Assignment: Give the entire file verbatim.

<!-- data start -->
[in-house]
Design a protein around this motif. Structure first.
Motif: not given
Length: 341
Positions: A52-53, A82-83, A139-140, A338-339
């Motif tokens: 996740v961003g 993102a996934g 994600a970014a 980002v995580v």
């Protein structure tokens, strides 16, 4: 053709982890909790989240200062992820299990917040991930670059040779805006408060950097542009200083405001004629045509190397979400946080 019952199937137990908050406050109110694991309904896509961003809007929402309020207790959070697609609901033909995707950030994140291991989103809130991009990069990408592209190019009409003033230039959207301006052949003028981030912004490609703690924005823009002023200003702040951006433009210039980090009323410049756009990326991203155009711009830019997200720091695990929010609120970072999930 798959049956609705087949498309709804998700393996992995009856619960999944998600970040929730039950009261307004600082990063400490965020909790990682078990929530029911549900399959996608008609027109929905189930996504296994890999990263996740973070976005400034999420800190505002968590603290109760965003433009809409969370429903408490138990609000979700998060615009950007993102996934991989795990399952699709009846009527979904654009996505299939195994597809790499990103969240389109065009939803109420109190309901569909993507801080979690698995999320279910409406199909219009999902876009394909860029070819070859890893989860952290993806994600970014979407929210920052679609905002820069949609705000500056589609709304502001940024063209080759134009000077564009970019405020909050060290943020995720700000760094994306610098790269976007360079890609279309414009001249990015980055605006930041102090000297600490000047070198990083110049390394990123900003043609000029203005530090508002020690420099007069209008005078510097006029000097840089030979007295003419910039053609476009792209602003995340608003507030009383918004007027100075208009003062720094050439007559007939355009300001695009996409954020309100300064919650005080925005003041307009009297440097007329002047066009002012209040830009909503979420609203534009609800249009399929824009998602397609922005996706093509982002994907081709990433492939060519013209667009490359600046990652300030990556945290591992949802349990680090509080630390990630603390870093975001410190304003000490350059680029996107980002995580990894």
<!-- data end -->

[in-house]
Design a protein around this motif. Structure first.
Motif: not given
Length: 341
Positions: A52-53, A82-83, A139-140, A338-339
């Motif tokens: 996740v961003g 993102a996934g 994600a970014a 980002v995580v």
């Protein structure tokens, strides 16, 4: 053709982890909790989240200062992820299990917040991930670059040779805006408060950097542009200083405001004629045509190397979400946080 019952199937137990908050406050109110694991309904896509961003809007929402309020207790959070697609609901033909995707950030994140291991989103809130991009990069990408592209190019009409003033230039959207301006052949003028981030912004490609703690924005823009002023200003702040951006433009210039980090009323410049756009990326991203155009711009830019997200720091695990929010609120970072999930 798959049956609705087949498309709804998700393996992995009856619960999944998600970040929730039950009261307004600082990063400490965020909790990682078990929530029911549900399959996608008609027109929905189930996504296994890999990263996740973070976005400034999420800190505002968590603290109760965003433009809409969370429903408490138990609000979700998060615009950007993102996934991989795990399952699709009846009527979904654009996505299939195994597809790499990103969240389109065009939803109420109190309901569909993507801080979690698995999320279910409406199909219009999902876009394909860029070819070859890893989860952290993806994600970014979407929210920052679609905002820069949609705000500056589609709304502001940024063209080759134009000077564009970019405020909050060290943020995720700000760094994306610098790269976007360079890609279309414009001249990015980055605006930041102090000297600490000047070198990083110049390394990123900003043609000029203005530090508002020690420099007069209008005078510097006029000097840089030979007295003419910039053609476009792209602003995340608003507030009383918004007027100075208009003062720094050439007559007939355009300001695009996409954020309100300064919650005080925005003041307009009297440097007329002047066009002012209040830009909503979420609203534009609800249009399929824009998602397609922005996706093509982002994907081709990433492939060519013209667009490359600046990652300030990556945290591992949802349990680090509080630390990630603390870093975001410190304003000490350059680029996107980002995580990894």